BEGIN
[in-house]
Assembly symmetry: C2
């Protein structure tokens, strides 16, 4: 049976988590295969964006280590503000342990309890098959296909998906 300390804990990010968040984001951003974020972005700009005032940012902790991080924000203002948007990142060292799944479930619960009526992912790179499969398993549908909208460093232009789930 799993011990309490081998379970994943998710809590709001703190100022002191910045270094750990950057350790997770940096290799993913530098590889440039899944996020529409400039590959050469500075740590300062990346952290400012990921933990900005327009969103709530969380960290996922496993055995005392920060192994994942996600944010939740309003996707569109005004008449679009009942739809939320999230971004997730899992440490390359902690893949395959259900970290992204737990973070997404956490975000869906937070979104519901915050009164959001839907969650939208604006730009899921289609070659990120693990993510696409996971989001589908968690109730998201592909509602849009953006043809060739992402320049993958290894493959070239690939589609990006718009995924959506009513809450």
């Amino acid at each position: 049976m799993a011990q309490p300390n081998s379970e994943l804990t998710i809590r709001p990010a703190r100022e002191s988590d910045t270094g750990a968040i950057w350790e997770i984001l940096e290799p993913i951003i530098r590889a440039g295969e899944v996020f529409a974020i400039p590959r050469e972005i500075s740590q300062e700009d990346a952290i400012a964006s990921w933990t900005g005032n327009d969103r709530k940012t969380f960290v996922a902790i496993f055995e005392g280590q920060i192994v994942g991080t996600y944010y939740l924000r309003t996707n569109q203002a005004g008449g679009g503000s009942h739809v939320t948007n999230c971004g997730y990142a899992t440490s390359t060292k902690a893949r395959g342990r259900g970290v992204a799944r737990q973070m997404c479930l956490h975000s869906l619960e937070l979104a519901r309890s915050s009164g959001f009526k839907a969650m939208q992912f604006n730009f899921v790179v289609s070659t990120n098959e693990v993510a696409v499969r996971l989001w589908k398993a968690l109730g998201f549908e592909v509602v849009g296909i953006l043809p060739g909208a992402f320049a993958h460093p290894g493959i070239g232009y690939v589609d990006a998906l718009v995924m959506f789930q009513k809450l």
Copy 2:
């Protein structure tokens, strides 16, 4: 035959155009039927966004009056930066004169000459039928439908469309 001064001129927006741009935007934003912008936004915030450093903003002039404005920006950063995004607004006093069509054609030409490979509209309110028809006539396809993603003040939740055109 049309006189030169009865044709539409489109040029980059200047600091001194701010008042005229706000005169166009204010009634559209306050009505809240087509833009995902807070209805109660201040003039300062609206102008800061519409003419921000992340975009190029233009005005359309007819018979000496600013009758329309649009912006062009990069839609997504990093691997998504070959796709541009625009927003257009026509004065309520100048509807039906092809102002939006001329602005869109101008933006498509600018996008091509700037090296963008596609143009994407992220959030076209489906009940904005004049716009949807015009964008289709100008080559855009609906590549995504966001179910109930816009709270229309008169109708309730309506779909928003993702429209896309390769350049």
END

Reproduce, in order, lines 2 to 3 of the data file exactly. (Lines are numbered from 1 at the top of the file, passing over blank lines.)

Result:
Assembly symmetry: C2
């Protein structure tokens, strides 16, 4: 049976988590295969964006280590503000342990309890098959296909998906 300390804990990010968040984001951003974020972005700009005032940012902790991080924000203002948007990142060292799944479930619960009526992912790179499969398993549908909208460093232009789930 799993011990309490081998379970994943998710809590709001703190100022002191910045270094750990950057350790997770940096290799993913530098590889440039899944996020529409400039590959050469500075740590300062990346952290400012990921933990900005327009969103709530969380960290996922496993055995005392920060192994994942996600944010939740309003996707569109005004008449679009009942739809939320999230971004997730899992440490390359902690893949395959259900970290992204737990973070997404956490975000869906937070979104519901915050009164959001839907969650939208604006730009899921289609070659990120693990993510696409996971989001589908968690109730998201592909509602849009953006043809060739992402320049993958290894493959070239690939589609990006718009995924959506009513809450």